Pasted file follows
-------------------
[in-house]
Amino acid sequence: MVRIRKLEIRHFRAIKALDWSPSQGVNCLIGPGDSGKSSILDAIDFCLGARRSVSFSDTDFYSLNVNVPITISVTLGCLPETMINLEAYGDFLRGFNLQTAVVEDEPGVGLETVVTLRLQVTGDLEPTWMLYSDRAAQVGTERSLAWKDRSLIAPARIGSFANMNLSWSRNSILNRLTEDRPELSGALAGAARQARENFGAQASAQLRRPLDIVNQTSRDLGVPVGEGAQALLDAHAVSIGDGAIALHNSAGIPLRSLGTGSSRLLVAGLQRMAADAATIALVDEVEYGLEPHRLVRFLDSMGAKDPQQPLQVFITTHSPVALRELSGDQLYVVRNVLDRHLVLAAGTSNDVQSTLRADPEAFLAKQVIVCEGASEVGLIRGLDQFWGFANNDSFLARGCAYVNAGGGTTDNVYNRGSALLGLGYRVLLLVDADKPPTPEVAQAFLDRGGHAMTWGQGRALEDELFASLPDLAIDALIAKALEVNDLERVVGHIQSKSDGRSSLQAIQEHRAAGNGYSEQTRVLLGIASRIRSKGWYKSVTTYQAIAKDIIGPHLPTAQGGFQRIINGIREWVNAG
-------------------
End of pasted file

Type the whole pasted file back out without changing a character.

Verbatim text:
[in-house]
Amino acid sequence: MVRIRKLEIRHFRAIKALDWSPSQGVNCLIGPGDSGKSSILDAIDFCLGARRSVSFSDTDFYSLNVNVPITISVTLGCLPETMINLEAYGDFLRGFNLQTAVVEDEPGVGLETVVTLRLQVTGDLEPTWMLYSDRAAQVGTERSLAWKDRSLIAPARIGSFANMNLSWSRNSILNRLTEDRPELSGALAGAARQARENFGAQASAQLRRPLDIVNQTSRDLGVPVGEGAQALLDAHAVSIGDGAIALHNSAGIPLRSLGTGSSRLLVAGLQRMAADAATIALVDEVEYGLEPHRLVRFLDSMGAKDPQQPLQVFITTHSPVALRELSGDQLYVVRNVLDRHLVLAAGTSNDVQSTLRADPEAFLAKQVIVCEGASEVGLIRGLDQFWGFANNDSFLARGCAYVNAGGGTTDNVYNRGSALLGLGYRVLLLVDADKPPTPEVAQAFLDRGGHAMTWGQGRALEDELFASLPDLAIDALIAKALEVNDLERVVGHIQSKSDGRSSLQAIQEHRAAGNGYSEQTRVLLGIASRIRSKGWYKSVTTYQAIAKDIIGPHLPTAQGGFQRIINGIREWVNAG